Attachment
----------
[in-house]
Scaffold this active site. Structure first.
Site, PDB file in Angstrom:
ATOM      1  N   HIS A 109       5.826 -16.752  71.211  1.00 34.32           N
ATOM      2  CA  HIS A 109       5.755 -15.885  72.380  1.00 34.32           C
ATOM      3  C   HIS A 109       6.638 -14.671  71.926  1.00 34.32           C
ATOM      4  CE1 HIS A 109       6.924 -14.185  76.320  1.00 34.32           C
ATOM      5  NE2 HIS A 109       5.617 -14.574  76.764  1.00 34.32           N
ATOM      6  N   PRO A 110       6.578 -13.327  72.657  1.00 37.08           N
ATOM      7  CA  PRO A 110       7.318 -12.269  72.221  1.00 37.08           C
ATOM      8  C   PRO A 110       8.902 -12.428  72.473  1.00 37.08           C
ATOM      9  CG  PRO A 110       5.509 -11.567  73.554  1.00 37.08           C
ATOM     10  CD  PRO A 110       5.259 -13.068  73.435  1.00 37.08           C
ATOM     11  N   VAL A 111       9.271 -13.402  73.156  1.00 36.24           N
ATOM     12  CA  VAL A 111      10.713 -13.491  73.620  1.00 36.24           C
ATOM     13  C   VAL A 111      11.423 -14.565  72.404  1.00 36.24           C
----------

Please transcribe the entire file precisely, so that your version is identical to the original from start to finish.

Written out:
[in-house]
Scaffold this active site. Structure first.
Site, PDB file in Angstrom:
ATOM      1  N   HIS A 109       5.826 -16.752  71.211  1.00 34.32           N
ATOM      2  CA  HIS A 109       5.755 -15.885  72.380  1.00 34.32           C
ATOM      3  C   HIS A 109       6.638 -14.671  71.926  1.00 34.32           C
ATOM      4  CE1 HIS A 109       6.924 -14.185  76.320  1.00 34.32           C
ATOM      5  NE2 HIS A 109       5.617 -14.574  76.764  1.00 34.32           N
ATOM      6  N   PRO A 110       6.578 -13.327  72.657  1.00 37.08           N
ATOM      7  CA  PRO A 110       7.318 -12.269  72.221  1.00 37.08           C
ATOM      8  C   PRO A 110       8.902 -12.428  72.473  1.00 37.08           C
ATOM      9  CG  PRO A 110       5.509 -11.567  73.554  1.00 37.08           C
ATOM     10  CD  PRO A 110       5.259 -13.068  73.435  1.00 37.08           C
ATOM     11  N   VAL A 111       9.271 -13.402  73.156  1.00 36.24           N
ATOM     12  CA  VAL A 111      10.713 -13.491  73.620  1.00 36.24           C
ATOM     13  C   VAL A 111      11.423 -14.565  72.404  1.00 36.24           C